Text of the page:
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Wilson, Kenneth Geddes

transitions atoms physical renormalization

(1936– ) US theoretical physicist: discovered the renormalization group technique for treating phase transitions.

While one phase or another of a physical system may be easily analysed theoretically, similar analysis of the transition between phases had proved virtually impossible. This is because the length scale on which physical interactions are taking place changes rapidly through many orders of magnitude. In 1974 Wilson developed the first technique able to cope with such transitions, which are called critical phenomena. An example is the onset of ferromagnetism in a magnet cooled below the point, when the atoms interact with each other and become aligned over large volumes of the magnet. The distance over which ordering of atomic spins occur goes from an atomic diameter to many thousands of diameters under a very small change in temperature.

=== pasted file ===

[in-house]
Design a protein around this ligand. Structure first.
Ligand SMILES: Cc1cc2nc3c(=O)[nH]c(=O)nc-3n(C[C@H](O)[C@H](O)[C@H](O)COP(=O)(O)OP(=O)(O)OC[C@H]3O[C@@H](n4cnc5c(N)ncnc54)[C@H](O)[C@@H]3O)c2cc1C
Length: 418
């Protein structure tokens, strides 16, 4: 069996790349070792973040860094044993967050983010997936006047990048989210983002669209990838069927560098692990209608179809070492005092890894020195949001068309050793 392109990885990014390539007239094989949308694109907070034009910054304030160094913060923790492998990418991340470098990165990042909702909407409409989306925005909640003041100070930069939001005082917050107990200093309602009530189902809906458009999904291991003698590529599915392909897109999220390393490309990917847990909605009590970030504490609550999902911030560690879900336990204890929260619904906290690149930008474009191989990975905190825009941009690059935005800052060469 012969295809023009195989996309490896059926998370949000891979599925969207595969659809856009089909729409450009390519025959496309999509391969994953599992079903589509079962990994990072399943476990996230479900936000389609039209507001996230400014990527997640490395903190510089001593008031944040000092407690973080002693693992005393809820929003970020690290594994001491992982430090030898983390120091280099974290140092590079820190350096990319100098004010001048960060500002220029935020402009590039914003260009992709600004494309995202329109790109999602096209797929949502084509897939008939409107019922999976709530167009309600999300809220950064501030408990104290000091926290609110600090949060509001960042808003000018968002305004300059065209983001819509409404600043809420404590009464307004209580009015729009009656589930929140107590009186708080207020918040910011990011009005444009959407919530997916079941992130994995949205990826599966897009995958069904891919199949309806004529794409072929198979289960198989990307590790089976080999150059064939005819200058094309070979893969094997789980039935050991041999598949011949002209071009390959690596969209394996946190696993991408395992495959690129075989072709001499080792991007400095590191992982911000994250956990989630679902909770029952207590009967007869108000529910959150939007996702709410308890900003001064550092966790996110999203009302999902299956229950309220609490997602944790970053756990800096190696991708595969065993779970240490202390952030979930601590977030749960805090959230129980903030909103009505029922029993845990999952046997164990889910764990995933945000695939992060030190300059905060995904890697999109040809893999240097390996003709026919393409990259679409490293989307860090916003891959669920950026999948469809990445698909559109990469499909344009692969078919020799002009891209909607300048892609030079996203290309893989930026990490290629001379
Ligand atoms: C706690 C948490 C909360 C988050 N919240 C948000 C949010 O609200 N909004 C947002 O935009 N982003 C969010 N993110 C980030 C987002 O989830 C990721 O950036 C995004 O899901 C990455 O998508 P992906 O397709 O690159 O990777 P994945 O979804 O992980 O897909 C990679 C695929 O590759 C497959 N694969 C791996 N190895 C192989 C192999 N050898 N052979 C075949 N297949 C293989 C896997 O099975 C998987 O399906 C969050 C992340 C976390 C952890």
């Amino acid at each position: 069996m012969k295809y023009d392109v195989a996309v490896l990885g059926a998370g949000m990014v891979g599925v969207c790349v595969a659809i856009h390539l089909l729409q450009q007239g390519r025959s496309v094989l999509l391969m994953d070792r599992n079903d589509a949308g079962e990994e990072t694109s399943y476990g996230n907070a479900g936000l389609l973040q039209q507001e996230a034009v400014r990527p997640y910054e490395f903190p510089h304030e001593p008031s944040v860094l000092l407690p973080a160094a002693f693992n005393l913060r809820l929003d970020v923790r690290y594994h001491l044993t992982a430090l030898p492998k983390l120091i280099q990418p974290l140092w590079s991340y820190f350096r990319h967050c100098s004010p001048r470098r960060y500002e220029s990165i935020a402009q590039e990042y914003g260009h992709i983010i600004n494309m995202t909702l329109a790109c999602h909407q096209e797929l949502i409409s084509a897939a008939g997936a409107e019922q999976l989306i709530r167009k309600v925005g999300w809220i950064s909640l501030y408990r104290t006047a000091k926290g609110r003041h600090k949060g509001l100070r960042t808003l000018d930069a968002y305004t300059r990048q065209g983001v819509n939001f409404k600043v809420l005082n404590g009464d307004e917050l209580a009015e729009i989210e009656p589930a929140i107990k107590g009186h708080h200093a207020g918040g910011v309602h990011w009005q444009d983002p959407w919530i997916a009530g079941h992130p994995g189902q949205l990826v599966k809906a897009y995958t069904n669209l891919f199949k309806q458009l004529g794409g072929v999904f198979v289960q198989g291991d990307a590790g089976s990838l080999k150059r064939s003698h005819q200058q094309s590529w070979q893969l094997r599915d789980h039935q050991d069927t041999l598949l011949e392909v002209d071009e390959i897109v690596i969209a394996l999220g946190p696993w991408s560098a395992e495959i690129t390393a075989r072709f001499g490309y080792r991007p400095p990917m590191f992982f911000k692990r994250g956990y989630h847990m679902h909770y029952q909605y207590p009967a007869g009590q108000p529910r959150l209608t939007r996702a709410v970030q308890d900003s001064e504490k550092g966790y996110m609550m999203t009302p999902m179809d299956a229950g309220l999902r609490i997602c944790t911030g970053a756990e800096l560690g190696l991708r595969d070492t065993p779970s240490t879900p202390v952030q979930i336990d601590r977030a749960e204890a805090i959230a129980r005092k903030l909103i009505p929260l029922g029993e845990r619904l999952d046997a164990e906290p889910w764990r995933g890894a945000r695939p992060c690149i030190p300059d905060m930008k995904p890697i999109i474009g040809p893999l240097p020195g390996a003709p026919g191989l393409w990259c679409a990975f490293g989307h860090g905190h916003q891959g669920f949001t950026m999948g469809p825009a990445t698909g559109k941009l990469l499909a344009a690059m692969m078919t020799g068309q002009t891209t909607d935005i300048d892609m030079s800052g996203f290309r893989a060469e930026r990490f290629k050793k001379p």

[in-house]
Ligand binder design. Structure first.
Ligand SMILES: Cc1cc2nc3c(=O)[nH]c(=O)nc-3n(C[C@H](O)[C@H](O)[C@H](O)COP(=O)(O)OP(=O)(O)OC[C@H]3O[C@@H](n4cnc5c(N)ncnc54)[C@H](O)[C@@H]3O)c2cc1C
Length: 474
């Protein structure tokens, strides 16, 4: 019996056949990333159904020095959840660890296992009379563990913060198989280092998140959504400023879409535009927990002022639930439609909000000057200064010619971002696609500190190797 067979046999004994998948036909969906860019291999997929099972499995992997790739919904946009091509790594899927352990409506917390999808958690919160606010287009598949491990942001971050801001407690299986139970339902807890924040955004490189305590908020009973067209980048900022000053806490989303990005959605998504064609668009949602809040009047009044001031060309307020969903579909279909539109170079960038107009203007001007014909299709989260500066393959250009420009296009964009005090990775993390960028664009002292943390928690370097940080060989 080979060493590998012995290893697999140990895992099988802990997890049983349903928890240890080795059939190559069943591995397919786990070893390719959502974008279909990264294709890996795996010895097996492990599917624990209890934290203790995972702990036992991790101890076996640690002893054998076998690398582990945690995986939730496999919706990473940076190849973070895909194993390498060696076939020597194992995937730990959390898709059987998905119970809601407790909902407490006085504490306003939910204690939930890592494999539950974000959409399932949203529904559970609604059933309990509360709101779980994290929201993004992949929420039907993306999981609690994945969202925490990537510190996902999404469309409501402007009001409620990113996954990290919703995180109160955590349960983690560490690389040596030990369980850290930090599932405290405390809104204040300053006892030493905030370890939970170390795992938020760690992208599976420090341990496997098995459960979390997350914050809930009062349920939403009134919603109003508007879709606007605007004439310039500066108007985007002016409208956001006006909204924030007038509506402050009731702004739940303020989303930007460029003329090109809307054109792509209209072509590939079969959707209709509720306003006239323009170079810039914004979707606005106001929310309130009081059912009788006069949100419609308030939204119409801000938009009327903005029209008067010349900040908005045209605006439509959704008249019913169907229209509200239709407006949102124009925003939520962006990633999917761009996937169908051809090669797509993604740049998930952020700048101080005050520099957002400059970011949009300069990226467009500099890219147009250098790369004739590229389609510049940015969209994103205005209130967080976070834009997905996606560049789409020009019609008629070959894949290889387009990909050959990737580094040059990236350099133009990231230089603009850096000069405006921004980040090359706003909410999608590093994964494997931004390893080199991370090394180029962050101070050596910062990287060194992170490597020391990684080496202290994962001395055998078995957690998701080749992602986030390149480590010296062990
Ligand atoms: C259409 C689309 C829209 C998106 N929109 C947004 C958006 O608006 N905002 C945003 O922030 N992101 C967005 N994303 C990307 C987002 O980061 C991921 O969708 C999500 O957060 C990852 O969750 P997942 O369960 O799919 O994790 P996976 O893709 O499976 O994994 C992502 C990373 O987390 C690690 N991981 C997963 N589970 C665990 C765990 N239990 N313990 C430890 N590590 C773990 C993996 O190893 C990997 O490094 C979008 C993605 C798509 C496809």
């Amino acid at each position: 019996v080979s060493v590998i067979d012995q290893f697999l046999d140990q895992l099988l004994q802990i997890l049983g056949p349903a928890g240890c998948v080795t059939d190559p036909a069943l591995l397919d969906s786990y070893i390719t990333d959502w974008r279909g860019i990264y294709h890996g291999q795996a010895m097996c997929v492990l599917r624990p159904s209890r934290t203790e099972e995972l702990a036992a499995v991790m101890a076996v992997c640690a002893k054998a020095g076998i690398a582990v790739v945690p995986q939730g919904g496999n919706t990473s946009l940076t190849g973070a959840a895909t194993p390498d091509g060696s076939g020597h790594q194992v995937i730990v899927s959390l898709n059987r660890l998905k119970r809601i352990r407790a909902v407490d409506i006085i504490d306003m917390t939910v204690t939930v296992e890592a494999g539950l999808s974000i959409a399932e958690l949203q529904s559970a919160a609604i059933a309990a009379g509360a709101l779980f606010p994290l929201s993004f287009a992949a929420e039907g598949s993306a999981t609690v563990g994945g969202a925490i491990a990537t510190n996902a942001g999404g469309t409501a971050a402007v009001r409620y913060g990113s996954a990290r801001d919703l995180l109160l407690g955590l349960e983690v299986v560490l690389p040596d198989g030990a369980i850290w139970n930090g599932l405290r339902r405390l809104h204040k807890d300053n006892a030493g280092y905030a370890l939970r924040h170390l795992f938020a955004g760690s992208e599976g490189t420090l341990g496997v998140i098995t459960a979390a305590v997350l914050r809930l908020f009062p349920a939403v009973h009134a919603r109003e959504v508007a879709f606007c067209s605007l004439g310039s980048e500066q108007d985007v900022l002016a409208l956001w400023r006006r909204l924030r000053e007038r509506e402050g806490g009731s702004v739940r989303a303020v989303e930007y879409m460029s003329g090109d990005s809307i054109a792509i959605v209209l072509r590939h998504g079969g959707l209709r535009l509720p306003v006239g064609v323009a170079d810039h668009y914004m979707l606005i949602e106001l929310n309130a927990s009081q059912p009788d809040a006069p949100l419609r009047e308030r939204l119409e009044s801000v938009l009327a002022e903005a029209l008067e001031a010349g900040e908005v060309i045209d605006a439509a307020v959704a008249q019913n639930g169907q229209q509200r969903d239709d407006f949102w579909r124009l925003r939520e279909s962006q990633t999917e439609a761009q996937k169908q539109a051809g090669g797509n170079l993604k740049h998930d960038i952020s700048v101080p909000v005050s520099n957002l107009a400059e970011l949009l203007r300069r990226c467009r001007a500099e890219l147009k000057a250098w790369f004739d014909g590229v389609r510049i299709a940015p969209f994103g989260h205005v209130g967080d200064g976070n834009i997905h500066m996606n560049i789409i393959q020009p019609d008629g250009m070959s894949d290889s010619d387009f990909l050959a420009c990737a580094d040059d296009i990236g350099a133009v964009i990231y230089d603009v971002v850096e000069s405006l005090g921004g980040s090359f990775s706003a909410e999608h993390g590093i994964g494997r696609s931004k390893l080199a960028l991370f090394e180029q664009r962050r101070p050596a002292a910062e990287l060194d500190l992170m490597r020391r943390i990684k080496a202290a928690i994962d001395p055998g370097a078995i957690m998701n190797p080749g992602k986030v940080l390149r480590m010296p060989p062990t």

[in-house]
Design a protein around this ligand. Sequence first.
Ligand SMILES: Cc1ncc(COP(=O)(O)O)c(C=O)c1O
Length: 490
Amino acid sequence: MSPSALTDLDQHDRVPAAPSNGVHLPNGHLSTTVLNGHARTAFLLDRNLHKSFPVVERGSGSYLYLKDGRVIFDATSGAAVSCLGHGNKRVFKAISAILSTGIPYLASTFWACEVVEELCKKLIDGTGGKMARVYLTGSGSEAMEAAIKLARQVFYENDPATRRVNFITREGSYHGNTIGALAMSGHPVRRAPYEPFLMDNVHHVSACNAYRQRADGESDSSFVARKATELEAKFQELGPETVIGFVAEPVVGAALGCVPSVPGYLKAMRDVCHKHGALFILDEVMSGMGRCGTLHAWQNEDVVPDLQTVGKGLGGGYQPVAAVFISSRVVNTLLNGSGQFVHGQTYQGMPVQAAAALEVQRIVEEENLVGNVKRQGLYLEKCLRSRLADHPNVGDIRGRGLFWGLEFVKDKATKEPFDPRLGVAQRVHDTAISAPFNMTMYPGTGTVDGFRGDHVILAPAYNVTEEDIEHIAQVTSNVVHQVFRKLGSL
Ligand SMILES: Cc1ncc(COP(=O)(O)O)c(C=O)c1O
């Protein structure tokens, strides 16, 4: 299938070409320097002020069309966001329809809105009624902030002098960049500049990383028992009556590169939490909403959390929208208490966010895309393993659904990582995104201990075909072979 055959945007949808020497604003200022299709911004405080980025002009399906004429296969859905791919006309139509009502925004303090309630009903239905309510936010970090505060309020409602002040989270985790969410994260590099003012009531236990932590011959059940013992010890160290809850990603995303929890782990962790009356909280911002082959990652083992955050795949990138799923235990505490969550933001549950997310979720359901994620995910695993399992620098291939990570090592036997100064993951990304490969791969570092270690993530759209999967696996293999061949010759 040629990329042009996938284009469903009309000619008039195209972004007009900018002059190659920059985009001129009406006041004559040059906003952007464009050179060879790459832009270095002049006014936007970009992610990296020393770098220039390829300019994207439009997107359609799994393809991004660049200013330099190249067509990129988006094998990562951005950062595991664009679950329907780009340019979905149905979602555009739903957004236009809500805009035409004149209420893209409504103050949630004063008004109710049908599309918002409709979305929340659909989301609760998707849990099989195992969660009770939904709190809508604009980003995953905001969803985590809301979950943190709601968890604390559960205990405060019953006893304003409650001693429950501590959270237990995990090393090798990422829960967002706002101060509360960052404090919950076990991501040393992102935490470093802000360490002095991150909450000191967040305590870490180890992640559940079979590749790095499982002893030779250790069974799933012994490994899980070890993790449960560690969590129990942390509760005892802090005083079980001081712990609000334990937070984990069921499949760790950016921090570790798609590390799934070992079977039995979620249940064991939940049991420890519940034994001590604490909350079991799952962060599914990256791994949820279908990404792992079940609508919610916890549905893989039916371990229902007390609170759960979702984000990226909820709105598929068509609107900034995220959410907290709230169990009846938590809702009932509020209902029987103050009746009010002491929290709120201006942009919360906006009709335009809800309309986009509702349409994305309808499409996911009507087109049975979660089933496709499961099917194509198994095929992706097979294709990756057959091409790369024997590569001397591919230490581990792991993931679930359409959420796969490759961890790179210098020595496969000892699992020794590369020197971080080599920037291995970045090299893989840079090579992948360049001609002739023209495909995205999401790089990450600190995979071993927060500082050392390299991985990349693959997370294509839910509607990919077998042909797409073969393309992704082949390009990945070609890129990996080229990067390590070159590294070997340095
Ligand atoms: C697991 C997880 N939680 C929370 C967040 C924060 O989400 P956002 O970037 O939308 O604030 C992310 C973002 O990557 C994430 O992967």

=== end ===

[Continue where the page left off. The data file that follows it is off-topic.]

L Kadanoff (1937– ) had suggested that the effective spin of a block of atoms should be found and then a renormalization (or scaling) transformation made to calculate that of a larger block made up of the small blocks. Wilson developed this method and showed how to calculate the properties of large numbers of atoms strongly interacting with each other, as in magnetic systems, metal alloys or liquid-to-gas transitions. He was awarded the Nobel Prize for physics in 1982.

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